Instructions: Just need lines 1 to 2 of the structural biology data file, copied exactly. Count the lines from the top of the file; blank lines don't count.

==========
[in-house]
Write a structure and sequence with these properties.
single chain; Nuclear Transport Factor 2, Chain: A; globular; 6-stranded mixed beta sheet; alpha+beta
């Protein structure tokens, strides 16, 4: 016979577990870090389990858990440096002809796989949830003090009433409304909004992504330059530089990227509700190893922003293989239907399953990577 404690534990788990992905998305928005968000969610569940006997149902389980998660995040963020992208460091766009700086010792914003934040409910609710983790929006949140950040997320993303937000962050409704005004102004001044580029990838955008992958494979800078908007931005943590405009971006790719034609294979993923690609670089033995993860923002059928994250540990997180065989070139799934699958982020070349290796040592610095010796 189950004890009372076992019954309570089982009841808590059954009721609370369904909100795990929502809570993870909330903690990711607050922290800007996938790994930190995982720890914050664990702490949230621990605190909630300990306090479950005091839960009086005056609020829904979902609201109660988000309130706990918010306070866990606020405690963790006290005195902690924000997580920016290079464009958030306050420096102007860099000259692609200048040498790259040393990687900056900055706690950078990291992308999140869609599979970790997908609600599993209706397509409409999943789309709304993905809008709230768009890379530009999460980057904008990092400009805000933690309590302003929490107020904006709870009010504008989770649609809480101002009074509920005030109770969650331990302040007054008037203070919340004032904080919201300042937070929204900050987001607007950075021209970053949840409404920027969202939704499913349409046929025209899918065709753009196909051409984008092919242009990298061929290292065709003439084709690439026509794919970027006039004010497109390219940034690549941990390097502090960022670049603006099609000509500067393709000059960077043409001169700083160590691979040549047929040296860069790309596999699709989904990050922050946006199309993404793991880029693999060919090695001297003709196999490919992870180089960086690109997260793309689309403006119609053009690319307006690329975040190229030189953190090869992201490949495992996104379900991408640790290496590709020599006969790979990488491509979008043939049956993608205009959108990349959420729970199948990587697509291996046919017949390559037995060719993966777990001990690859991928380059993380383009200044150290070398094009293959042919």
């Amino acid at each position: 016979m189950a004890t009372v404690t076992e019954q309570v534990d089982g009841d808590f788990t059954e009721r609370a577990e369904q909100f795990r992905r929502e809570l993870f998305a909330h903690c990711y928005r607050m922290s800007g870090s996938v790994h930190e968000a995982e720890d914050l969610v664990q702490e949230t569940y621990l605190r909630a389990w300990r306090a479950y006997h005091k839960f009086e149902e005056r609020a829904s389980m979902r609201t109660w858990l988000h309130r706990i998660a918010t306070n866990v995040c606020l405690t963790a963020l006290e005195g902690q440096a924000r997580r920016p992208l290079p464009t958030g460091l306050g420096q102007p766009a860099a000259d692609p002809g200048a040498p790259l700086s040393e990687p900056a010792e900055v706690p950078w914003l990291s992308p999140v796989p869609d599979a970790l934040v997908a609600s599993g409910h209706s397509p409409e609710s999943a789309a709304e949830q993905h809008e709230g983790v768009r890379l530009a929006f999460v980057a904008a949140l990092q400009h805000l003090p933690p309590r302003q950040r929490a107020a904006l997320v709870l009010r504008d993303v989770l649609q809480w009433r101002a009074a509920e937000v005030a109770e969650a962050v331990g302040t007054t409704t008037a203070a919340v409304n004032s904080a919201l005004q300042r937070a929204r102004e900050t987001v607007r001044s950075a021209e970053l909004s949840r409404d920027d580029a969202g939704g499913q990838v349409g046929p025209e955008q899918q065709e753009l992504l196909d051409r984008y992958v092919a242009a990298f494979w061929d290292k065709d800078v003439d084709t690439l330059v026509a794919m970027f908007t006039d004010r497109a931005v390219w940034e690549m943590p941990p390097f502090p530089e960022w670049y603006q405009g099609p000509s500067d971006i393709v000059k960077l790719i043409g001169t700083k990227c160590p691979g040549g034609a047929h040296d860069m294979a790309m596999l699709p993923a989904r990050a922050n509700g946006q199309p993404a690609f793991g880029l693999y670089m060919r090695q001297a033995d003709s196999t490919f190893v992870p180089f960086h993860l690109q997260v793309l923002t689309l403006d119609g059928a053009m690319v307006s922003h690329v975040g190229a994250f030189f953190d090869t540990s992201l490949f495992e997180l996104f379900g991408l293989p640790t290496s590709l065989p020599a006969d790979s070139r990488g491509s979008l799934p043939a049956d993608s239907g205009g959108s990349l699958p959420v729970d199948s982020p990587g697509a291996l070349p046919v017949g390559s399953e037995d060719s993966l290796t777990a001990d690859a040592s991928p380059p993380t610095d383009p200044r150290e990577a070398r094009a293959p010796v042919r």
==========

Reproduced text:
[in-house]
Write a structure and sequence with these properties.